At Monday’s Association of the U.S. Army conference in Washington D.C., Secretary of the Army John McHugh said during a panel on women in combat roles that the pursuit of a gender-neutral military will eventually push Congress to consider whether women should also be required to register for Selective Service.
“If we find ourselves as a military at large where men and women have equal opportunity, as I happen to believe they should, serving in combat positions at least on a formal basis … then ultimately the question of extending the selective service requirements to women as well will have to at least be discussed,” said Sec. McHugh according to Politico.
Sec. McHugh suggested that the American public was not quite ready to have that “pretty emotional debate and discussion“, but that “if your objective is true and pure equality then you have to look at all aspects” and that female draft registration “will be one of those things… that will have to be considered.”
McHugh’s comments come at a time when military leaders are evaluating which combat roles will be opened to women. Defense Secretary Ash Carter is set to finalize the new policies on January 1.
Current law requires that men register for the draft within 30 days of turning 18.
Military.com notes that the subject of female draft registration was also discussed earlier this year at the Aspen National Security forum in Colorado. At the event, Air Force Secretary Deborah James said that she supports mandatory selective service for women. Retired Navy Admiral and ex-SEALs commander Eric Olson reportedly said that if women are to serve in combat roles, they should also be required to register for the draft.
The website of the U.S. Selective Service System says, “Selective Service law as it’s written now refers specifically to ‘male persons’ in stating who must register and who would be drafted. For women to be required to register with Selective Service, Congress would have to amend the law… The Selective Service System, if given the mission and modest additional resources, is capable of registering and drafting women with its existing infrastructure.”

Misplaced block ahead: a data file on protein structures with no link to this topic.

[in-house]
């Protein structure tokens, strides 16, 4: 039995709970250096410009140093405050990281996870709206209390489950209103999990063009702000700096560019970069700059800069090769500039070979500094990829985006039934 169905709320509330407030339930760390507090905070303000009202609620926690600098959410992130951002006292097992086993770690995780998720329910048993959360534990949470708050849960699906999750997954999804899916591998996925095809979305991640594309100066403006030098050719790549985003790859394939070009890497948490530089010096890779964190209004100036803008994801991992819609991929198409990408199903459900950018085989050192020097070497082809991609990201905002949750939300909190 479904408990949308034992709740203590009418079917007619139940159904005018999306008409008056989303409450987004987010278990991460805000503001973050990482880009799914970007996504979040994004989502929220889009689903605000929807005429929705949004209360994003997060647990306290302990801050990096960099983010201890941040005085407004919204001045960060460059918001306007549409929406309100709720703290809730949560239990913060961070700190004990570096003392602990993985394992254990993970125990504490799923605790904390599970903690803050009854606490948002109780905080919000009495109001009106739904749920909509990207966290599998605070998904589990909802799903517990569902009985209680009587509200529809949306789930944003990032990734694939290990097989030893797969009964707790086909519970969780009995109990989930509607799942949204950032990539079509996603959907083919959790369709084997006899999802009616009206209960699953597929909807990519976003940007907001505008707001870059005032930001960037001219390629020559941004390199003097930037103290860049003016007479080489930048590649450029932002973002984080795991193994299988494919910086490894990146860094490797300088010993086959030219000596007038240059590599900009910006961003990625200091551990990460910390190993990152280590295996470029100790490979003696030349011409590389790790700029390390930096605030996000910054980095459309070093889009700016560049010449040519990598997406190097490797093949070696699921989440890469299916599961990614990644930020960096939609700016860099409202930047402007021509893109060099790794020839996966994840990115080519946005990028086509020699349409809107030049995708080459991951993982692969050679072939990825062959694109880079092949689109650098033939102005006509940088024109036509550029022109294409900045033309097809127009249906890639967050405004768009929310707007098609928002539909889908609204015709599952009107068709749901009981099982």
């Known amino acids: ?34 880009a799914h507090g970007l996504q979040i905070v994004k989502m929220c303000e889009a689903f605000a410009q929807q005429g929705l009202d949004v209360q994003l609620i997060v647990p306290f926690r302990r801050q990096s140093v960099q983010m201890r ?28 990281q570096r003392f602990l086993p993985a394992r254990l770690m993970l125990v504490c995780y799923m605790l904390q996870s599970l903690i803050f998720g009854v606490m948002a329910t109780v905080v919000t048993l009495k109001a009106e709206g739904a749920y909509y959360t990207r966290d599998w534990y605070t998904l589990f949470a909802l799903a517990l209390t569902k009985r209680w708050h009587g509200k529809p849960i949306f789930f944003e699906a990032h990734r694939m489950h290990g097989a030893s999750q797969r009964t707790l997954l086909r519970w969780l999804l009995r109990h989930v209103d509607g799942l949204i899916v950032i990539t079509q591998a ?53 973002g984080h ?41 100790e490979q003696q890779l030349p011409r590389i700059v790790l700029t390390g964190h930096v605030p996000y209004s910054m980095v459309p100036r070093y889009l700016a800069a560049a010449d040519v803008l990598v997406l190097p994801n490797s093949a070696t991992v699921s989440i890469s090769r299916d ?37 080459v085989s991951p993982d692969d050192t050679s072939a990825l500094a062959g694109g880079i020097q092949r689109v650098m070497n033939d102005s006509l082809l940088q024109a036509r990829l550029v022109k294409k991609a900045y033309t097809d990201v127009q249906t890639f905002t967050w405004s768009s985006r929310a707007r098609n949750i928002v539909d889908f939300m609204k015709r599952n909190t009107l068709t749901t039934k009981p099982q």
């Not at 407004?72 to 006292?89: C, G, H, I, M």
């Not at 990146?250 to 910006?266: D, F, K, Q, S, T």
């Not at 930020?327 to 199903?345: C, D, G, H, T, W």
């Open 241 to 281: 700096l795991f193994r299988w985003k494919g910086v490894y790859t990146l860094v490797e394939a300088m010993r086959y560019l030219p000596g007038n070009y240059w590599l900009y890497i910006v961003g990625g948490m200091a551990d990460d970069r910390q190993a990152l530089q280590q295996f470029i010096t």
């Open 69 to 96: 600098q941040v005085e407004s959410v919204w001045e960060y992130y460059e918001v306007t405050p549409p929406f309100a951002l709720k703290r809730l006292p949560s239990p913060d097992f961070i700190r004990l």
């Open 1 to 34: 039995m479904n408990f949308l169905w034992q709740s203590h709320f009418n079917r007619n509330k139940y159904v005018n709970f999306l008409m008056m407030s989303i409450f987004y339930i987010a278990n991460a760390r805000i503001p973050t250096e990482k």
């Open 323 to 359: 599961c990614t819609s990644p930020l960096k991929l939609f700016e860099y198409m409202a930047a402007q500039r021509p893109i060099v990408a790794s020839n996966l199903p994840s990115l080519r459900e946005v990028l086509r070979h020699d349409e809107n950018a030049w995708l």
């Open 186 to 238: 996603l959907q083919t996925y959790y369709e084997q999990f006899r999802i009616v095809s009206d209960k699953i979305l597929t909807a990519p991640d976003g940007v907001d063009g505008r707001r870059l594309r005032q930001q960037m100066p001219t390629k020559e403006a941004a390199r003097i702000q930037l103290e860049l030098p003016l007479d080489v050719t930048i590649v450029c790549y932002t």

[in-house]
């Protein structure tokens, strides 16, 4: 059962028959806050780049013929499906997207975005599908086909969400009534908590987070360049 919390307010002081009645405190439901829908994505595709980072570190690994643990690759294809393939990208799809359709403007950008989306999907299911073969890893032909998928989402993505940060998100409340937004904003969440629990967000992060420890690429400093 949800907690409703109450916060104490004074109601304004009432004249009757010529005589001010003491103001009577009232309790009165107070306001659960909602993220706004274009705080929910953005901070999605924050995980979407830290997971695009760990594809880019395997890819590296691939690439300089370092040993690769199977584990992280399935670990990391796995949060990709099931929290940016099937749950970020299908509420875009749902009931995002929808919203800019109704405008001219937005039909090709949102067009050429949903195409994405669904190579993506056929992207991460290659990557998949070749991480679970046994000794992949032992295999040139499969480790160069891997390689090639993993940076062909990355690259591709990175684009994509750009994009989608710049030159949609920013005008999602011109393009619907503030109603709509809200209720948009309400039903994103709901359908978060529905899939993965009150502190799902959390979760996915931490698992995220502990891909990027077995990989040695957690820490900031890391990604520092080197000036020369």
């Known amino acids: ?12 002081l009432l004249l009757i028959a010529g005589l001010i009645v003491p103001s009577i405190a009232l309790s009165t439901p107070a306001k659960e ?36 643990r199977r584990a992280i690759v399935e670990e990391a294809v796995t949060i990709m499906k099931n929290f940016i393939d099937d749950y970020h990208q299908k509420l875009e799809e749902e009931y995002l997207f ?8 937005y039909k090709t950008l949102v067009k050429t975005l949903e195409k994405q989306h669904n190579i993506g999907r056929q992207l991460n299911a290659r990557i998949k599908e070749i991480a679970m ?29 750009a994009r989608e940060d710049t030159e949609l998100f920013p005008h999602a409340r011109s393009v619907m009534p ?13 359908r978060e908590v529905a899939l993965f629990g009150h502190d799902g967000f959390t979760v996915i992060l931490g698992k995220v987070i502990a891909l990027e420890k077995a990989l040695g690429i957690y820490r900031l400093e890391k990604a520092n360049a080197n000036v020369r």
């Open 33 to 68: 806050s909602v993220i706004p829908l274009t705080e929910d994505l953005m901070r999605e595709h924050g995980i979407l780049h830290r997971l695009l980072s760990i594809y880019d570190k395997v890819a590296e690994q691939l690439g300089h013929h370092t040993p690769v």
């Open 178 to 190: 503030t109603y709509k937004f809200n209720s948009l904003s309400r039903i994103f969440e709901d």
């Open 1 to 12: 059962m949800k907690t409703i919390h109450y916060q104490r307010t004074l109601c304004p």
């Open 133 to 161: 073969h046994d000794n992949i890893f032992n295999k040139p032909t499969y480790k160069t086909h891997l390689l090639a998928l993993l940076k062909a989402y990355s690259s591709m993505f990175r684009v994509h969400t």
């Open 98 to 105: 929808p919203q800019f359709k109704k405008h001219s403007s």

Prior to his retirement, former U.S. Congressman Ron Paul introduced several unsuccessful bills that would have repealed the Selective Service mandate altogether. While introducing one such bill in January of 2003, Paul said, “In 1999, then-Secretary of the Army Louis Caldera, in a speech before the National Press Club, admitted that ‘Today, with our smaller, post-cold-war Armed Forces, our stronger volunteer tradition and our need for longer terms of service to get a good return on the high, up-front training
costs, it would be even harder to fashion a fair draft’… In fact, in 1993, the Department of Defense issued a report stating that registration could be stopped ‘with no effect on military mobilization and no measurable effect on the time it would take to mobilize, and no measurable effect on military recruitment.’ Shutting down Selective Service will give taxpayers a break without adversely affecting military efforts. Shutting down Selective Service will also end a program that violates the very principals of individual liberty our nation was founded upon.“